If you are a worker or employer in Rhode Island, you may be interested in understanding minimum wage regulations in the state. This guide will provide a comprehensive look at the minimum wage in The Ocean State.
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2020 Minimum Wage in Rhode Island: $10.50 per hour
The minimum wage in Rhode Island, $10.50 per hour, is more than the federal minimum wage. This only applies to non-exempt workers, as exempt or salary workers are paid a flat rate instead of per hour.
There are also exemptions for minimum wage for 14- and 15-year-olds who do not work more than 24 hours in a week. At 75% of the normal minimum wage, the minimum is $7.88 per hour. However, 14- and 15-year-olds that work more than 24 hours per week are entitled to the full $10.50 per hour.
Full-time students under the age of 19 working for nonprofit religious, educational, librarial, or community service organizations are also exempt, and instead earn 90% of the minimum wage, or $9.45 per hour.
Rhode Island also requires employers to pay time-and-a-half for work done on Sundays, like overtime pay.
There are also exemptions for minimum wage in line with the Fair Labor Standards Act (FLSA). These include: seasonal amusement or recreational establishment employees; babysitters or outside salespersons; trainees and apprentices; and people with developmental disabilities.
Tipped: $3.89 per hour
The minimum tipped wage in Rhode Island is $3.89 per hour, which does not include the amount provided by tips. There is a $6.61 tip credit, and if an employee does not earn at least the minimum wage in the state, the employer must make up the difference. In total, a tipped employee will receive no less than $10.50 per hour.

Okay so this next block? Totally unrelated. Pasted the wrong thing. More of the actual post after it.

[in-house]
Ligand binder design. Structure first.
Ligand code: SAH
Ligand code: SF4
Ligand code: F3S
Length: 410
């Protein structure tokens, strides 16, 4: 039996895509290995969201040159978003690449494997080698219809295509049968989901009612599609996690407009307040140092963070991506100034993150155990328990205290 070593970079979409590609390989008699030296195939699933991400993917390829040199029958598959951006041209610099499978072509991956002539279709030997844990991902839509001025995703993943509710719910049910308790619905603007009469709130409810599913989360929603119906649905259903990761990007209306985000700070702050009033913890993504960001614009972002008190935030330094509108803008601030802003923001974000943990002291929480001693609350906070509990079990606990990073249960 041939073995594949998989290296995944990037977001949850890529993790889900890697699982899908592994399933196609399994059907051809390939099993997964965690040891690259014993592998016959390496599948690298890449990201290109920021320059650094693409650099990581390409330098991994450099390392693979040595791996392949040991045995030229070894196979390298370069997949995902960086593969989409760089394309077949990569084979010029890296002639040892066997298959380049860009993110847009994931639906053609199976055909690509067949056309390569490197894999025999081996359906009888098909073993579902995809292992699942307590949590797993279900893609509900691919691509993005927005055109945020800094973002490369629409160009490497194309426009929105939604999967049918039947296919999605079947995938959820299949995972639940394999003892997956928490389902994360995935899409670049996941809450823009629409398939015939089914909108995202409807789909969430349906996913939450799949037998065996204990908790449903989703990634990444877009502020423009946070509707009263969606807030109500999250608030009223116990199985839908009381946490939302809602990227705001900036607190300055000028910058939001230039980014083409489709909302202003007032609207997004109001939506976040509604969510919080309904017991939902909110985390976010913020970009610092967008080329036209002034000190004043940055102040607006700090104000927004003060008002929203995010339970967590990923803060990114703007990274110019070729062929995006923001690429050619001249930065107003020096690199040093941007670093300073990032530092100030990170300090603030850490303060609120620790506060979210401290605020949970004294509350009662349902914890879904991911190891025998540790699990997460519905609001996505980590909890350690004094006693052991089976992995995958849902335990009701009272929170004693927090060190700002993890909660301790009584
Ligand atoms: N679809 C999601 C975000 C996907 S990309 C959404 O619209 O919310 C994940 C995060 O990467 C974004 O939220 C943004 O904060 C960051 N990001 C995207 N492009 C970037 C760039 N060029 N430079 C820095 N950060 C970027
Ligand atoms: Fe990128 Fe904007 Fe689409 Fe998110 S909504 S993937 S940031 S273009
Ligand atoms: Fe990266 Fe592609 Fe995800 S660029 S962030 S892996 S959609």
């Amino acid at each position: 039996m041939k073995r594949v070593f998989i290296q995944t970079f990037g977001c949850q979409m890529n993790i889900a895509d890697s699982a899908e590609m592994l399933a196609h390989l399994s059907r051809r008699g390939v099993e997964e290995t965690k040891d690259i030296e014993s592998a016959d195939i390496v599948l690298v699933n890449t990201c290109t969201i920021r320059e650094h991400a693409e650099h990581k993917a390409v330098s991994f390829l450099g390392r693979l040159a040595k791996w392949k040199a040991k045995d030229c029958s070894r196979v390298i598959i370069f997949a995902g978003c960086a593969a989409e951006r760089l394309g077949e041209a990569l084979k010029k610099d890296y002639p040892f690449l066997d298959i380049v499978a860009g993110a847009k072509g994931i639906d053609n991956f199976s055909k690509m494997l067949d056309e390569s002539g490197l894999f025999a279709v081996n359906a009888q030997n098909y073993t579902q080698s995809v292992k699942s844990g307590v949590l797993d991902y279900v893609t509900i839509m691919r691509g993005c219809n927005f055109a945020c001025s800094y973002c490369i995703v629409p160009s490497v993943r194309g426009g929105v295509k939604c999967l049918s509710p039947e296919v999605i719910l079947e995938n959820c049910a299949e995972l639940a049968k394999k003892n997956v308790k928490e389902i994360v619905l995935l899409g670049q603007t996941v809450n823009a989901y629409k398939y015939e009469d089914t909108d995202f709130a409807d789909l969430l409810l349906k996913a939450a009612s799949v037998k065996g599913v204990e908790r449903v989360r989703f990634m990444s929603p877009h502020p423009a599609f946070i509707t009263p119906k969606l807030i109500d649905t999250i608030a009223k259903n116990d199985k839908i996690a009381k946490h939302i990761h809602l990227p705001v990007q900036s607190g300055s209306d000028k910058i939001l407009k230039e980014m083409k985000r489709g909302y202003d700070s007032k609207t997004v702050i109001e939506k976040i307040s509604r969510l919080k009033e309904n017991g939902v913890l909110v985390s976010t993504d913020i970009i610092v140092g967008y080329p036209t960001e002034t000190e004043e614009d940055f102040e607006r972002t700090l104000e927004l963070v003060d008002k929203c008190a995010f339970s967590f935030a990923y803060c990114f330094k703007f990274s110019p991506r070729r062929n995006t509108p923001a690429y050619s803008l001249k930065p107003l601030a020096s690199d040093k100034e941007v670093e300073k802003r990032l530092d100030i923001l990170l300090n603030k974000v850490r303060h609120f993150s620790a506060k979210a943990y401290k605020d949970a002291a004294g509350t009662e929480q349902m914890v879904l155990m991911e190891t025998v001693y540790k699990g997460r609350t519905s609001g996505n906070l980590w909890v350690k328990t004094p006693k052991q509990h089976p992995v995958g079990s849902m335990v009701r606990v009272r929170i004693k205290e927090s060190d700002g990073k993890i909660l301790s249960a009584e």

Employees who earn minimum wage in Rhode Island can expect to make $420 for a full-time workweek. This weekly amount assumes a typical 40-hour workweek at the $10.50 per hour rate, but it doesn’t take into account an individual’s income tax withholdings.
Employees who earn minimum wage in Rhode Island can expect to make $21,840 for a full year of work. The annual estimate assumes a typical 52-week, 40-hour per-week position at the $10.50 per hour rate, but, again, does not account for any withholding, so the actual take-home pay will be lower for minimum wage workers.
Additionally, the actual number may be different due to deductions such as taxes, instances of unpaid time off, or holiday pay. For comparison, this annual income is a bit more than the $20,797.20 an E1 private in the Army makes. There are also advantages and disadvantages to military careers that do not apply to most civilian jobs.
Employees who work overtime in Rhode Island can expect to make at least $15.75 an hour. This assumes the federal rate of 1.5 times the state minimum wage of $10.50. Overtime is calculated based on the number of hours worked on a weekly basis. Any time worked beyond 40 hours a week must be paid at this rate.
Rhode Island Minimum Wage Increase News
The Senate recently passed a bill that would increase the minimum wage to $11.50 on October 1, 2020, with an eye on getting the state’s rate to $15 by 2024. There are no further developments on this issue. If this bill isn’t approved, Rhode Island will set itself apart from neighboring states Maine, Massachusetts, and Vermont, which have each seen a minimum wage increase this year.
If the minimum wage is not sufficient for you, consider asking your employer for a raise. If you are comfortable doing more work and earning money based on how much you work, consider taking part in the gig economy.
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